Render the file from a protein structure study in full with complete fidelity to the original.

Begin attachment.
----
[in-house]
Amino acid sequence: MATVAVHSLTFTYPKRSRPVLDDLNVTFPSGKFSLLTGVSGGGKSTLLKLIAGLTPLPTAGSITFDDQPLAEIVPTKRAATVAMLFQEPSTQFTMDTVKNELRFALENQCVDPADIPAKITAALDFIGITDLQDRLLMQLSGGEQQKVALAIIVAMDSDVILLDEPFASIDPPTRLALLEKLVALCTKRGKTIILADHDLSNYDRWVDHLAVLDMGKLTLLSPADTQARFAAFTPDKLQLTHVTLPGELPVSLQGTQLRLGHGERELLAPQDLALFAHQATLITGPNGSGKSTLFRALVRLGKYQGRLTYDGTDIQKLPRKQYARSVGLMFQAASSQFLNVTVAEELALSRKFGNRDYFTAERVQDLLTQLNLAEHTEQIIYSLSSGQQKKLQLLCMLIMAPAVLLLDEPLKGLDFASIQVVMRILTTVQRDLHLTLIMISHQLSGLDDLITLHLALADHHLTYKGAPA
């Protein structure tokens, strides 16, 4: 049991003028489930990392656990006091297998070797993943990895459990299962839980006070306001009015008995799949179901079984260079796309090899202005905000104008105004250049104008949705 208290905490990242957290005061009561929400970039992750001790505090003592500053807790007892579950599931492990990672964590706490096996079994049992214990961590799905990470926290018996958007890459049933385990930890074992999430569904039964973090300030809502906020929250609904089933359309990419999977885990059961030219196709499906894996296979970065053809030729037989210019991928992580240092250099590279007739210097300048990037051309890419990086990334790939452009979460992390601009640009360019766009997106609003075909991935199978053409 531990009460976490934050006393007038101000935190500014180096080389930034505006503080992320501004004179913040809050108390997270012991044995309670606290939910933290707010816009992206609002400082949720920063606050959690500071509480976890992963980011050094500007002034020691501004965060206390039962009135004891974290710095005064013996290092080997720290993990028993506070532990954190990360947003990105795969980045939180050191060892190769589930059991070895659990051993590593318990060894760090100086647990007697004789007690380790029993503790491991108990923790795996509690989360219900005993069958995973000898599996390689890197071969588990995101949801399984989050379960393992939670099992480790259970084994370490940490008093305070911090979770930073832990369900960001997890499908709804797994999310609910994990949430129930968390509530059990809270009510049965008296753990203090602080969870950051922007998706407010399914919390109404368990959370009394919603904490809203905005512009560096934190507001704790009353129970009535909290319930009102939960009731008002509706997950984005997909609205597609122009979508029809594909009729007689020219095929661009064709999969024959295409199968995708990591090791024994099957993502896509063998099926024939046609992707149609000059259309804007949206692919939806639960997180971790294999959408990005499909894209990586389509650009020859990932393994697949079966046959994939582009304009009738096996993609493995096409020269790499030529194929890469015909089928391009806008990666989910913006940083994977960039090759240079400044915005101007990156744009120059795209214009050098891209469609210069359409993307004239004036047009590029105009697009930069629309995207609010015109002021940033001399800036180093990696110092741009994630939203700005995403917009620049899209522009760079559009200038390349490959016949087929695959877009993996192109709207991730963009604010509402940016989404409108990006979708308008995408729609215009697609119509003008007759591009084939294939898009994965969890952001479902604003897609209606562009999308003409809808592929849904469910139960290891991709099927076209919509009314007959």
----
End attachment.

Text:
[in-house]
Amino acid sequence: MATVAVHSLTFTYPKRSRPVLDDLNVTFPSGKFSLLTGVSGGGKSTLLKLIAGLTPLPTAGSITFDDQPLAEIVPTKRAATVAMLFQEPSTQFTMDTVKNELRFALENQCVDPADIPAKITAALDFIGITDLQDRLLMQLSGGEQQKVALAIIVAMDSDVILLDEPFASIDPPTRLALLEKLVALCTKRGKTIILADHDLSNYDRWVDHLAVLDMGKLTLLSPADTQARFAAFTPDKLQLTHVTLPGELPVSLQGTQLRLGHGERELLAPQDLALFAHQATLITGPNGSGKSTLFRALVRLGKYQGRLTYDGTDIQKLPRKQYARSVGLMFQAASSQFLNVTVAEELALSRKFGNRDYFTAERVQDLLTQLNLAEHTEQIIYSLSSGQQKKLQLLCMLIMAPAVLLLDEPLKGLDFASIQVVMRILTTVQRDLHLTLIMISHQLSGLDDLITLHLALADHHLTYKGAPA
């Protein structure tokens, strides 16, 4: 049991003028489930990392656990006091297998070797993943990895459990299962839980006070306001009015008995799949179901079984260079796309090899202005905000104008105004250049104008949705 208290905490990242957290005061009561929400970039992750001790505090003592500053807790007892579950599931492990990672964590706490096996079994049992214990961590799905990470926290018996958007890459049933385990930890074992999430569904039964973090300030809502906020929250609904089933359309990419999977885990059961030219196709499906894996296979970065053809030729037989210019991928992580240092250099590279007739210097300048990037051309890419990086990334790939452009979460992390601009640009360019766009997106609003075909991935199978053409 531990009460976490934050006393007038101000935190500014180096080389930034505006503080992320501004004179913040809050108390997270012991044995309670606290939910933290707010816009992206609002400082949720920063606050959690500071509480976890992963980011050094500007002034020691501004965060206390039962009135004891974290710095005064013996290092080997720290993990028993506070532990954190990360947003990105795969980045939180050191060892190769589930059991070895659990051993590593318990060894760090100086647990007697004789007690380790029993503790491991108990923790795996509690989360219900005993069958995973000898599996390689890197071969588990995101949801399984989050379960393992939670099992480790259970084994370490940490008093305070911090979770930073832990369900960001997890499908709804797994999310609910994990949430129930968390509530059990809270009510049965008296753990203090602080969870950051922007998706407010399914919390109404368990959370009394919603904490809203905005512009560096934190507001704790009353129970009535909290319930009102939960009731008002509706997950984005997909609205597609122009979508029809594909009729007689020219095929661009064709999969024959295409199968995708990591090791024994099957993502896509063998099926024939046609992707149609000059259309804007949206692919939806639960997180971790294999959408990005499909894209990586389509650009020859990932393994697949079966046959994939582009304009009738096996993609493995096409020269790499030529194929890469015909089928391009806008990666989910913006940083994977960039090759240079400044915005101007990156744009120059795209214009050098891209469609210069359409993307004239004036047009590029105009697009930069629309995207609010015109002021940033001399800036180093990696110092741009994630939203700005995403917009620049899209522009760079559009200038390349490959016949087929695959877009993996192109709207991730963009604010509402940016989404409108990006979708308008995408729609215009697609119509003008007759591009084939294939898009994965969890952001479902604003897609209606562009999308003409809808592929849904469910139960290891991709099927076209919509009314007959």